Blog posts

    … since the 2 frameworks are frustratingly similar. Their key features and provided functionality often overlap. So, you had better ask yourself, first things first: what are your development needs? Which is the main purpose that you need your framework to serve, whether it's WCF or Web API? This is THE question! Is it an internal web service or an external one that you need to develop? As you can see: it takes just one key question to entail one relevant and effective question after another. Questions that will lead you to the answer to your “thorny” dilemma...
    "And it's been right there, under my nose, the whole time!" This is you after I've revealed to you the solution to this "problem" (and this was my reaction, as well): how do you alter the out-of-the-box styling of your WYSIWYG editor in Drupal 8? How do you apply your own CSS styles without automatically modifying the CKEditor plugin settings (and without providing classes in the "Styles" menu)? It looks like the simplest solutions are both the most effective and the most difficult ones to notice. And where do you add that for this...
    Guess who's ready to be taken out for a “test drive”? The shiny and new (and still under intensive updating) Node.js 9! An "earlier" Christmas present for all those developers who're confident in the Node.js project's steady growth and who're still blown away by its high-impact features (think unmatched scalability, think superpower, think a heavy libraries collection at your full disposal...). So Node.js 9 turns into Node.js's current release line, becoming available to eager developers (like us) who're dying to take it for a spin...
    Power to the Drupal themers! Which implicitly means more power poured into the Drupal 8 sites that they work on, right? And this is precisely the driving principle behind the revolutionary theming experience and the asset library system in Drupal 8! Admit it now: are you still stuck with the never-gets-old “compiling SAAS into one single CSS file" (for your theme/module)” technique? Into the “one man show” type of library asset that should handle EVERYTHING? Which means that you allow (just be honest!) for unused JavaScript, as well, to get loaded and to...
    So you want them multi-leveled, usability features-loaded, packed with accessibility enhancements and (most of all) interactive, right? No problem! There's an easy way to build large, feature-rich drop-down menus in Drupal 8, and I'm talking about menus with a "splash" of jQurey "magic" added to, as well: the Superfish module! So, why should you trim down your expectations when you can meet them all? Since the module integrates the jQurey Superfish menu plugin with your Drupal site, why shouldn't you inject extra functionality into your menus? Why shouldn't you accept the "dare" to...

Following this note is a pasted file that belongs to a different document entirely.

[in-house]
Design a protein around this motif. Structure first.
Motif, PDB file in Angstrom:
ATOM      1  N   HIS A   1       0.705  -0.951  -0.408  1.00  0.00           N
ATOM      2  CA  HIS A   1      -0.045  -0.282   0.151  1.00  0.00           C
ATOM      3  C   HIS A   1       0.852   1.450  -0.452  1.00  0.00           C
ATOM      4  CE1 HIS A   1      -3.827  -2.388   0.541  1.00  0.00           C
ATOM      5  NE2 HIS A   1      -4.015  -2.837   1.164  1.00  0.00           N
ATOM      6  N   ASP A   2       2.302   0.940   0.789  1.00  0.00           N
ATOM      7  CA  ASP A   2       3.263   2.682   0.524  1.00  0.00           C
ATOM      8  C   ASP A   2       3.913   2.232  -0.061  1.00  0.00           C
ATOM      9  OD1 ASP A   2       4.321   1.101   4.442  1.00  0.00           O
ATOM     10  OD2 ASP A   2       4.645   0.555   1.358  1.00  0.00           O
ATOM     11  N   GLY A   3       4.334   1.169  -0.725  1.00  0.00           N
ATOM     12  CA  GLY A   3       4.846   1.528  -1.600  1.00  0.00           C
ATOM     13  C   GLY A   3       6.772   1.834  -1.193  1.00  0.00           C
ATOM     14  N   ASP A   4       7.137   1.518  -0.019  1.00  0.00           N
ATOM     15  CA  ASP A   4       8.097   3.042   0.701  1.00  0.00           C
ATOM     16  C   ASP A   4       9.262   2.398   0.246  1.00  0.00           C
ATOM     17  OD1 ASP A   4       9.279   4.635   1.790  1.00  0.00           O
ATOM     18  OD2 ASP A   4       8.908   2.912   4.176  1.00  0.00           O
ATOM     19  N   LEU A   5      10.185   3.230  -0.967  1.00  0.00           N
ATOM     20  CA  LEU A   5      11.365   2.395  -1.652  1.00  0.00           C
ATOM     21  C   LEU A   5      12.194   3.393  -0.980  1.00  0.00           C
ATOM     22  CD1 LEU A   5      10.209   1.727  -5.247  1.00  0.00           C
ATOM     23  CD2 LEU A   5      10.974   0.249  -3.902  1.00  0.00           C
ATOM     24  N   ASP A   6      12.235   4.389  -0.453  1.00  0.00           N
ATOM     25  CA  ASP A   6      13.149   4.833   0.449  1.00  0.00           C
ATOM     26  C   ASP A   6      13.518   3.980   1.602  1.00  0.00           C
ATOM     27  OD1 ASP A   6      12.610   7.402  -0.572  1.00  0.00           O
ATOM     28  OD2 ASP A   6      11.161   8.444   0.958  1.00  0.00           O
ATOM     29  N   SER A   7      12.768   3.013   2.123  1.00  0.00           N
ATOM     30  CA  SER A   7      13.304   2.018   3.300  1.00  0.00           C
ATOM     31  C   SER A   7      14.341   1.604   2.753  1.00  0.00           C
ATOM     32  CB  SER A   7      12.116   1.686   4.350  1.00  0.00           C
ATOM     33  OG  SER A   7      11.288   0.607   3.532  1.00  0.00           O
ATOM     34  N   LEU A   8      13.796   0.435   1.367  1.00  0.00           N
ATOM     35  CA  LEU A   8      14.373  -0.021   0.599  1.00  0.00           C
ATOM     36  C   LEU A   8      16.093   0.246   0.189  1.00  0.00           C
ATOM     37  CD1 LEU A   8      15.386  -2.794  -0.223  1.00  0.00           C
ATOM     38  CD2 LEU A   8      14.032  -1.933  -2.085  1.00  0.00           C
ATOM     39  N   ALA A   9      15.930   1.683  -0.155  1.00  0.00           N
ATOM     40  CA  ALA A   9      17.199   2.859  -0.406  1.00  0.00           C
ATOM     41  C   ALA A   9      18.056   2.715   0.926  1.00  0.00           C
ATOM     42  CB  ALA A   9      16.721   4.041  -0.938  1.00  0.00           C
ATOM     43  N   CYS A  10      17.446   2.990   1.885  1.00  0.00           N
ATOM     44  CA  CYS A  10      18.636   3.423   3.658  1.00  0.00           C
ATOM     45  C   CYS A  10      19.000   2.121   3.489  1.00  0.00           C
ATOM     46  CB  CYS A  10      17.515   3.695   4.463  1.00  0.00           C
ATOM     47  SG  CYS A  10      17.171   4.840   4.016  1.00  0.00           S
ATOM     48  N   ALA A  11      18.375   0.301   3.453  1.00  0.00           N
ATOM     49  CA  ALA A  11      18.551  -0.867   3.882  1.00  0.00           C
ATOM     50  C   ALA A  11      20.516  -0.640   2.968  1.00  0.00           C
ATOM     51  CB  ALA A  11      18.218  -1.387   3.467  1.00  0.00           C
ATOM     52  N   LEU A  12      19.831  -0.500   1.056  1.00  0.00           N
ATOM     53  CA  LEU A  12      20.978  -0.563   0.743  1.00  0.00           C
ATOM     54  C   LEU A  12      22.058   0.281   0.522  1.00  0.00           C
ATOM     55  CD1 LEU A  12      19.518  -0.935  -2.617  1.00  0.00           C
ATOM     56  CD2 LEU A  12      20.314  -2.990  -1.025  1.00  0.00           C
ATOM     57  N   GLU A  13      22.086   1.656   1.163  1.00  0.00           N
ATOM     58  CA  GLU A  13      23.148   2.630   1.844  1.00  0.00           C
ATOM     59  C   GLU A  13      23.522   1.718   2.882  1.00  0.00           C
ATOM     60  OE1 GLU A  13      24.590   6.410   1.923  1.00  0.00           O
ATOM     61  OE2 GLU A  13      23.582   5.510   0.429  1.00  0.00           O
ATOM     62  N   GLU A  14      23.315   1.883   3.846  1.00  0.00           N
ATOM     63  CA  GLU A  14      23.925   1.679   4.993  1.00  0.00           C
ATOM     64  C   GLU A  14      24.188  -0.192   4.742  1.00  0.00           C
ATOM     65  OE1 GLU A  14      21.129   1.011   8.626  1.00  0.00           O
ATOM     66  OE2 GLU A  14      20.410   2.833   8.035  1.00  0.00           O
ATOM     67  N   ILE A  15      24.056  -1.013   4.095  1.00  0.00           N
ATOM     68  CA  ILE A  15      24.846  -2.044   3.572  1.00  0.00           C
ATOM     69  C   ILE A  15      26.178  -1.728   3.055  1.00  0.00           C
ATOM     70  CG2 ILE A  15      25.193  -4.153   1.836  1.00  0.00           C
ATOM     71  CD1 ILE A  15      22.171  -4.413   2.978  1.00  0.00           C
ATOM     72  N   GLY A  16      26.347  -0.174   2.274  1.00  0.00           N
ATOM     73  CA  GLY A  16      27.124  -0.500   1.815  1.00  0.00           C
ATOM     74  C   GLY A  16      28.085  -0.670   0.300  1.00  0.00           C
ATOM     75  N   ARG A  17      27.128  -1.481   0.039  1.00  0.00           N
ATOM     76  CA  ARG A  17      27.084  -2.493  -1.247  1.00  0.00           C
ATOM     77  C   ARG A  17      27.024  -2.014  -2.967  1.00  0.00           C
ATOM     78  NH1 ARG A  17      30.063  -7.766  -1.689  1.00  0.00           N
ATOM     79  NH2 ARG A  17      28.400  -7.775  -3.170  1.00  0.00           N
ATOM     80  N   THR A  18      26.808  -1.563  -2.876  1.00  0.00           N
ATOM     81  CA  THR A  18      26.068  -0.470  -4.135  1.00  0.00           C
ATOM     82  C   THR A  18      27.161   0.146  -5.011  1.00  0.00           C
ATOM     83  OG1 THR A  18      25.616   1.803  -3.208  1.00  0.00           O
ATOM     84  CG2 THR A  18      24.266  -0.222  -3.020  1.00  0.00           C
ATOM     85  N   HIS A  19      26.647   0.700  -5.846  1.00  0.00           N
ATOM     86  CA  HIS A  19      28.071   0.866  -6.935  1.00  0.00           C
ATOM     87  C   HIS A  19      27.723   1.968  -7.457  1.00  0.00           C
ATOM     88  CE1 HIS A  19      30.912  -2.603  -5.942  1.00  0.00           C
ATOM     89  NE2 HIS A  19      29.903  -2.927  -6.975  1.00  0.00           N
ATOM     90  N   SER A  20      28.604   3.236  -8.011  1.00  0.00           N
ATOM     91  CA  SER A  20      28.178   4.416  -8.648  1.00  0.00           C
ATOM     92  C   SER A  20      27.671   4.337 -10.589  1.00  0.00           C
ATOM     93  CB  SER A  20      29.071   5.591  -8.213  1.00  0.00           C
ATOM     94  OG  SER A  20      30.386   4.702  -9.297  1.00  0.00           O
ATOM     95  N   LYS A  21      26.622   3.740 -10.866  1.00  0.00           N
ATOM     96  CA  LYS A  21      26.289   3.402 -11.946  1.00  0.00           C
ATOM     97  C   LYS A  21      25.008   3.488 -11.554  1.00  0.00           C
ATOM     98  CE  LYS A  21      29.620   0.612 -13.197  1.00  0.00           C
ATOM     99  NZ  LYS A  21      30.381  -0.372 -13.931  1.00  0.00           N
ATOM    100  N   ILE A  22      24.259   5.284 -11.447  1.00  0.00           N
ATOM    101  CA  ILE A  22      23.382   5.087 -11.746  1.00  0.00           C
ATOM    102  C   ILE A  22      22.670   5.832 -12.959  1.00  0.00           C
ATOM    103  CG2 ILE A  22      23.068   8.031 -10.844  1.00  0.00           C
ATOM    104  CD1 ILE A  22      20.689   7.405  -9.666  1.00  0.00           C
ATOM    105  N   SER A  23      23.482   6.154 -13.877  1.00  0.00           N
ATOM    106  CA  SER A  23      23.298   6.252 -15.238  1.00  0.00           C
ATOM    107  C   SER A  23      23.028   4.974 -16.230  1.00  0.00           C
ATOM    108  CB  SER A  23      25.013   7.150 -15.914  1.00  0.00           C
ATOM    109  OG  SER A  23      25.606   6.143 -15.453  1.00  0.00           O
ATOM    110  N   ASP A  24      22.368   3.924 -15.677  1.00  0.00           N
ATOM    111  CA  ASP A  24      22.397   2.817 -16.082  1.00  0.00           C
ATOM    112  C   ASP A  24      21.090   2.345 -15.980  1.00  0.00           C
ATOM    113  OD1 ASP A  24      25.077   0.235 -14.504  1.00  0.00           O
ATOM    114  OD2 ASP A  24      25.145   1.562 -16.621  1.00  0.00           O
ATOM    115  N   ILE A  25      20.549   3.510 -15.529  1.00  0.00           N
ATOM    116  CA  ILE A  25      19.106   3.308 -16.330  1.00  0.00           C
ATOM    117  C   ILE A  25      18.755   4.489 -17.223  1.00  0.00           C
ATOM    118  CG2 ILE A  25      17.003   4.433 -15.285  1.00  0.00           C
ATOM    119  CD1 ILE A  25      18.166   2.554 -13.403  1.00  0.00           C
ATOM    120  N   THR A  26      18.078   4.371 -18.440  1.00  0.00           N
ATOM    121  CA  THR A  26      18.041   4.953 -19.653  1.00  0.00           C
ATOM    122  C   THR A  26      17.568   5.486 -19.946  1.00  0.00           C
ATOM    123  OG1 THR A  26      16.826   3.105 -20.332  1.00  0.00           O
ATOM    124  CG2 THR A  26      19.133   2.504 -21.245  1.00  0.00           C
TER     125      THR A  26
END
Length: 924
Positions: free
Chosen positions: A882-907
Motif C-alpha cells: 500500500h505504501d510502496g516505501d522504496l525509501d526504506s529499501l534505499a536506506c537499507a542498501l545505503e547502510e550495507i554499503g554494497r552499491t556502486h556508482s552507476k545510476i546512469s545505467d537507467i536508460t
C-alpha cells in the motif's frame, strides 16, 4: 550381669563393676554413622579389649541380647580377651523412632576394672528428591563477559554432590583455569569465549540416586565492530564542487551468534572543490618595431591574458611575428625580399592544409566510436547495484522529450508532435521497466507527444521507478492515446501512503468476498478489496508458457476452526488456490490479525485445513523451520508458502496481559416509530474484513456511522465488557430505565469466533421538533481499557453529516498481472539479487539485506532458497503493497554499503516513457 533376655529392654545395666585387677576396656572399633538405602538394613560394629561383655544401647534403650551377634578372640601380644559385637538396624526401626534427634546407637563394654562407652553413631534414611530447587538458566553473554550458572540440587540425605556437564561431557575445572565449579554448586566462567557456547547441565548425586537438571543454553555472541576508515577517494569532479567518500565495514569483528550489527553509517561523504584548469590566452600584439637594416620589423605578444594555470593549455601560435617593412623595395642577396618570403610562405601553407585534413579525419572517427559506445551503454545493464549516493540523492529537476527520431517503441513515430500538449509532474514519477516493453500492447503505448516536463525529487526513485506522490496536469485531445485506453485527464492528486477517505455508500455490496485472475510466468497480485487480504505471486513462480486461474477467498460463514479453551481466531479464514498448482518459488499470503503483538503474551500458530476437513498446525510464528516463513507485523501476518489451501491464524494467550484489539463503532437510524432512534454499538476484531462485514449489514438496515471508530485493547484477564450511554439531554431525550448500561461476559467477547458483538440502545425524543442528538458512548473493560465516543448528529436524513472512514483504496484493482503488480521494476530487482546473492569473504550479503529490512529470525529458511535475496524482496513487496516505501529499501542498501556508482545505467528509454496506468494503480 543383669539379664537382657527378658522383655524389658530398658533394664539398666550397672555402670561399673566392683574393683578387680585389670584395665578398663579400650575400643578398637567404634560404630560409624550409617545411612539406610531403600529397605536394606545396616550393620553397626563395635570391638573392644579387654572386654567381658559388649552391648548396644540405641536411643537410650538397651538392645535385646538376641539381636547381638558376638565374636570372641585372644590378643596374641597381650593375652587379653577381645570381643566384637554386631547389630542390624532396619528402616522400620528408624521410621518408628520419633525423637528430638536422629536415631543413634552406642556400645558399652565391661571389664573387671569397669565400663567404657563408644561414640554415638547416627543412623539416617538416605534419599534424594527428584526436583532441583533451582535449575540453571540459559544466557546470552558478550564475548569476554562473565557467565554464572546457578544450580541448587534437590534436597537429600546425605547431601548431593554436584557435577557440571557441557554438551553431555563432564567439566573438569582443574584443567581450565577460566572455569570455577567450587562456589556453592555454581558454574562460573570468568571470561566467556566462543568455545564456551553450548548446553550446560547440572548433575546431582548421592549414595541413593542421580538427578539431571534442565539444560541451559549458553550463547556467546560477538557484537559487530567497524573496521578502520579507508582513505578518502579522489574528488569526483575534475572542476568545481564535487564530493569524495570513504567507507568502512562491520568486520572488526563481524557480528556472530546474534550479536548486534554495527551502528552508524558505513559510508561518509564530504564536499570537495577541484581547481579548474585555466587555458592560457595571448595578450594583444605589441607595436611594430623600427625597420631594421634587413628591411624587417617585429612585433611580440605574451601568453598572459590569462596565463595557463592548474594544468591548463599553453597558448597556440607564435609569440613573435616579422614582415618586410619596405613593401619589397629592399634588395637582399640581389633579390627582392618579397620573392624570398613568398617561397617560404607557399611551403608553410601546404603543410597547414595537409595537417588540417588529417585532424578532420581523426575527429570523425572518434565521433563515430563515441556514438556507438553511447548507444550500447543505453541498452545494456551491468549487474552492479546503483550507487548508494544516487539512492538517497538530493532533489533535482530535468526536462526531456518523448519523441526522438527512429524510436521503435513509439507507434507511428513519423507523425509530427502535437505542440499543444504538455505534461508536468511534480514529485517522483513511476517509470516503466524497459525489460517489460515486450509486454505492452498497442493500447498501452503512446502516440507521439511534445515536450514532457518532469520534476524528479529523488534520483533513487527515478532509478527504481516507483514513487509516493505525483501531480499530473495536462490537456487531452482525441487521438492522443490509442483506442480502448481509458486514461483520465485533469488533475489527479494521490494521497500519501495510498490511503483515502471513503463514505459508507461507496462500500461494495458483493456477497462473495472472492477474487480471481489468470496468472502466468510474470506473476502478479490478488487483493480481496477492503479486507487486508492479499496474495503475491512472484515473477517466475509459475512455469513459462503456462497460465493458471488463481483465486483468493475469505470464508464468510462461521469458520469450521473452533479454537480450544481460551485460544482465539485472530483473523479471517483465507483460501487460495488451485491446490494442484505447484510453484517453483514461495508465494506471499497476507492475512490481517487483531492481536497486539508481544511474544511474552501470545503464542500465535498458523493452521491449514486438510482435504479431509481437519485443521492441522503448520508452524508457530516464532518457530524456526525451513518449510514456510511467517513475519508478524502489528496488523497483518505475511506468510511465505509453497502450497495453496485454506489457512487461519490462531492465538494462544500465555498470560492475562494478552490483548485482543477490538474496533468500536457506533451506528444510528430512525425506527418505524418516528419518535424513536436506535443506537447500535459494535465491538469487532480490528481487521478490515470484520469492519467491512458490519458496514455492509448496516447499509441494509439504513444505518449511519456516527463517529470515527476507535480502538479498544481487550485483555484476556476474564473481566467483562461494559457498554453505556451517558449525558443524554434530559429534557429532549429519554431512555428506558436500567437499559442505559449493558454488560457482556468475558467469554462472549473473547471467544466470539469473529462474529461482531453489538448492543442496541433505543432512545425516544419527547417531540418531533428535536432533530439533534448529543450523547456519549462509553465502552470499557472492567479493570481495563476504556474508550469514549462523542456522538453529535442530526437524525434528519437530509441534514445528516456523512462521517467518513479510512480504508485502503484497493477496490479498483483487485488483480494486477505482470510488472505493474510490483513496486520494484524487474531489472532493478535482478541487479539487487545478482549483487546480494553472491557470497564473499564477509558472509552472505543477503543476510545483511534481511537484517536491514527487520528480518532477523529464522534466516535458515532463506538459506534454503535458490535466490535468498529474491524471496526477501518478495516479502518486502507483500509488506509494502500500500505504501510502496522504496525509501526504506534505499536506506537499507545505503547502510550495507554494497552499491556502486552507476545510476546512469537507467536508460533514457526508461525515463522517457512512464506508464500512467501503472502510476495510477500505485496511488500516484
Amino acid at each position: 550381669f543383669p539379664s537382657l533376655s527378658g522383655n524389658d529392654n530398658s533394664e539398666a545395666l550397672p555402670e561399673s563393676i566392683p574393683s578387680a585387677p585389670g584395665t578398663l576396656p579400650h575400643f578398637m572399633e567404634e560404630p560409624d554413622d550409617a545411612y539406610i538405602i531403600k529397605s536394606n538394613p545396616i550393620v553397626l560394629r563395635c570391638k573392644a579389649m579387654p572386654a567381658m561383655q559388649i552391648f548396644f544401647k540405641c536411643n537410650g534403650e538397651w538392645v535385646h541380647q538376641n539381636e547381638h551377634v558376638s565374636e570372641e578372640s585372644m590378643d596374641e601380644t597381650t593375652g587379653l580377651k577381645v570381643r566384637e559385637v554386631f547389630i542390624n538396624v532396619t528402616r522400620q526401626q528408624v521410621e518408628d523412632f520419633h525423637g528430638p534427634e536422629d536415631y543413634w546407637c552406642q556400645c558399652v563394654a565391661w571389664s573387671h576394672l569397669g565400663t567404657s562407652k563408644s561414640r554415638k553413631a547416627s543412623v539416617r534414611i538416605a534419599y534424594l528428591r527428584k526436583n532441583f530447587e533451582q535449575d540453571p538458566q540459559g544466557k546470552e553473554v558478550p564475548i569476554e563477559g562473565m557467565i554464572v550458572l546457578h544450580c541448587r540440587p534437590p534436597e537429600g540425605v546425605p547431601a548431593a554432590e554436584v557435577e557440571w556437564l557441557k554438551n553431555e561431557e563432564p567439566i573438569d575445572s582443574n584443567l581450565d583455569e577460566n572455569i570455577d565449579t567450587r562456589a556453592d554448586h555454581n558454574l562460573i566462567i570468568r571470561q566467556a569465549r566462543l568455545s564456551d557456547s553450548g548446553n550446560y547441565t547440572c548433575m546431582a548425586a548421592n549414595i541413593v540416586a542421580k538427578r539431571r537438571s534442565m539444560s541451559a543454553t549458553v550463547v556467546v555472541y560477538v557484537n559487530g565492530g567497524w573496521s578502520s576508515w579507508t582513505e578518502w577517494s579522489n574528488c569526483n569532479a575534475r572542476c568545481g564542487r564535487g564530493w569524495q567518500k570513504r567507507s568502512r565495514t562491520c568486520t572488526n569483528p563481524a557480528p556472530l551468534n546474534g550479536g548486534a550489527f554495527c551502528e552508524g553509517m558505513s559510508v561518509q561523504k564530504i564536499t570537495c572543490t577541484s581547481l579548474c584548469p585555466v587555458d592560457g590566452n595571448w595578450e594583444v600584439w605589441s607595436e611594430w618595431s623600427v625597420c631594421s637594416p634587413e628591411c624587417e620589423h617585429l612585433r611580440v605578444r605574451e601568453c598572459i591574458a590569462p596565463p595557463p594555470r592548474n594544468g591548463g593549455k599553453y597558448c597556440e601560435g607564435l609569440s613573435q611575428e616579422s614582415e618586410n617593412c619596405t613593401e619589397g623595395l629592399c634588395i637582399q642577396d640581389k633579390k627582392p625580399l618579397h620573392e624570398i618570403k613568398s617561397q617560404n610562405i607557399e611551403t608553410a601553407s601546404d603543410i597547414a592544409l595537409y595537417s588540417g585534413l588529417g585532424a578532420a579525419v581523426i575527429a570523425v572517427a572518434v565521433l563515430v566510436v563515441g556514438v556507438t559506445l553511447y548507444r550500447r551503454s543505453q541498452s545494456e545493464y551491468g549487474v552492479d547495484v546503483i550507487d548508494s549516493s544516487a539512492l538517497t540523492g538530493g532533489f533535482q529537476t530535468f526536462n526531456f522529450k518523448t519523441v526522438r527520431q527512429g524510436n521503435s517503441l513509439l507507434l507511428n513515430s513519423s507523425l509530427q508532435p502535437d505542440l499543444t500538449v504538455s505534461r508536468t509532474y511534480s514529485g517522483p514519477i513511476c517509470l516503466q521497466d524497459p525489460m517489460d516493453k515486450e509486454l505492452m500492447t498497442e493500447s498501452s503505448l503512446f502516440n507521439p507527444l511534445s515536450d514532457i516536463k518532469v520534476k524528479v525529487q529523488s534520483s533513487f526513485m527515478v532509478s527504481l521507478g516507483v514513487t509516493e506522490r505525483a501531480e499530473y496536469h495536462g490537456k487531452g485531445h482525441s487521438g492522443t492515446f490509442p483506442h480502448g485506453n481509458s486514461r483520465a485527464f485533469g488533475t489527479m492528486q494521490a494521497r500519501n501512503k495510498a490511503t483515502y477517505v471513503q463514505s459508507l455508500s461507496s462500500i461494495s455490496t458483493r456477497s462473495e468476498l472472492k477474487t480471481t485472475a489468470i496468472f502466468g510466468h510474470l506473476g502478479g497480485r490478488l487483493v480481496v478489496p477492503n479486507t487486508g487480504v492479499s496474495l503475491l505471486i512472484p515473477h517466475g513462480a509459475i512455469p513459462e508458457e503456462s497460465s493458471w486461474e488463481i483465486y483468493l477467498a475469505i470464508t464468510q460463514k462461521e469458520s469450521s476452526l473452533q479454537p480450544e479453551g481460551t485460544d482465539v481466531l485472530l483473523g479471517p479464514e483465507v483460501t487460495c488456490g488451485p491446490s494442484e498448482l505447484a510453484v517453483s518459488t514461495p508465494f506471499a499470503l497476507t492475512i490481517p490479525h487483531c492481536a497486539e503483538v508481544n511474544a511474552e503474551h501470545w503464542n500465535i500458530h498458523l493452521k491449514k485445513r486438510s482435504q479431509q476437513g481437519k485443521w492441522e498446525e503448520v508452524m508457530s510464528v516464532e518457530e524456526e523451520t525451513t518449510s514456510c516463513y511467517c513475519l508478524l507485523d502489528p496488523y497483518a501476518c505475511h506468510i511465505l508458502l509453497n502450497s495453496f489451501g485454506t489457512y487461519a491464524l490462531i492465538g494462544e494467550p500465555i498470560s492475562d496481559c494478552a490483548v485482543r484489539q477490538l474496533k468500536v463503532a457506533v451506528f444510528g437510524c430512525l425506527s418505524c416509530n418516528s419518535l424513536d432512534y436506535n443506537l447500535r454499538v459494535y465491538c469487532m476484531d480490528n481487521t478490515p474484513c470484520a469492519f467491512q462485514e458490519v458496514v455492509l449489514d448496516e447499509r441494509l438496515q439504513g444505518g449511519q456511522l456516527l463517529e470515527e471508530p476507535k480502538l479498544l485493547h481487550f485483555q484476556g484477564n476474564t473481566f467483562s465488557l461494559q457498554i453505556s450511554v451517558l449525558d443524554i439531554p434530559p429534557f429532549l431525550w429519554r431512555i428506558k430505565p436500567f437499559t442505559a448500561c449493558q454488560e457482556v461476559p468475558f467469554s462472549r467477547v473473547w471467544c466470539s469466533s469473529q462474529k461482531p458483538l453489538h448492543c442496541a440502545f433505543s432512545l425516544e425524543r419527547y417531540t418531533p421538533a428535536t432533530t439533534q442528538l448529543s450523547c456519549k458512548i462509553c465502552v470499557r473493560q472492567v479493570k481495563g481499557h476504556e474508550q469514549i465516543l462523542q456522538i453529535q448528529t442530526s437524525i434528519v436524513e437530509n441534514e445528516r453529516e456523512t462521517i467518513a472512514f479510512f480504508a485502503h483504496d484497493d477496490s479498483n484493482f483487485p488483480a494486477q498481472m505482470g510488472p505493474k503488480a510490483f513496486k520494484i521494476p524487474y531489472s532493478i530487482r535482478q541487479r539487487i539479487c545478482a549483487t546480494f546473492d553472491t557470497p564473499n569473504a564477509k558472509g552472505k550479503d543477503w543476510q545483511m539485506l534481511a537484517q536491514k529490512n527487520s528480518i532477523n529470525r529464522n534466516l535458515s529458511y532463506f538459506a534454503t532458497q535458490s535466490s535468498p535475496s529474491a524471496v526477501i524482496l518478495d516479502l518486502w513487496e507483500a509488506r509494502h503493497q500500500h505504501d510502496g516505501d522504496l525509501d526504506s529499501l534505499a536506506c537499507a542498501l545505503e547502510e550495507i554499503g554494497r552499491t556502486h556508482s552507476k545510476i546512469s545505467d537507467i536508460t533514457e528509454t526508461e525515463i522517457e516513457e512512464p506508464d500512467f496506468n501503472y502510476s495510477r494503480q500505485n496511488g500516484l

What to expect from the “shiny new” Drush 9? The very first major Drush re-write in years (since 2008, to be more specific)!!! What's new and improved and what remains unchanged? How will this new version of Drush speed up your dev tasks even more and how much time and effort do you need to invest in getting into gear with it? Embracing a Composer-centric philosophy... switching to annotated Drush 9 commands... gradually moving away from CLI code to Symfony Console... And these are but some of Drush 9's buzz-generating changes.
    September 20, 2017! For most of us it was just an ordinary Wednesday, yet for the Drupal community and for everyone owing (or planning to own) a Drupal e-shop it was a major release day marked in their calendars: the stable version of Drupal Commerce 2.0 for Drupal 8 was launched into the wild (following no less than 6 beta "teasers") at that date! And along with it, 2 key promises were put forward: the whole Drupal commerce experience will be redefined and development teams will get more productive (since this new version of Drupal Commerce performs remarkably at scale)...
    What makes Node.js work so well in a serverless environment? Is it its lightness? Or its “plays well with all OS's” feature maybe? Or is it its high accessibility translating into a wide pool of developers for you, as a service technology(s) vendor, to select from? Is it the accessibility (again) which, empowers you, the developer this time, to break the skill level restriction and the back-end vs front-end strict delimitation? Why should you build out your serverless app with Node.js? As the headline clearly states, I'll start this post already presuming that...
    Let's play a little empathy game! One which will help you realize why you do need to bother making your Drupal admin UI content editor-friendly: Step into the shoes of a first time Drupal user, of an inexperienced content editor accessing your Drupal site's admin interface for the first time. What do you think? Is that intricate network of forms loaded with “alien” terminology and the “specific” clutter of defaults in the Drupal 8 admin user interface…“ welcoming” enough for you? So, what's your opinion, from your standpoint as a Drupal...
    It's got modular codebase, a whole new architecture, it comes “packed” with lots of new advanced solutions for rich text editing and (well, what do you know!) real-time collaborative editing. In short: in CKEditor 5's case we're talking about a totally new product when compared to its predecessor, Cheditor 4, that we've been using in Drupal 8. Looking forward to seeing the real-time collaborative editing features (in particular) brought to Drupal 8. And to be honest I look forward to an in-browser editor with an equally user-friendly interface, the same approach to...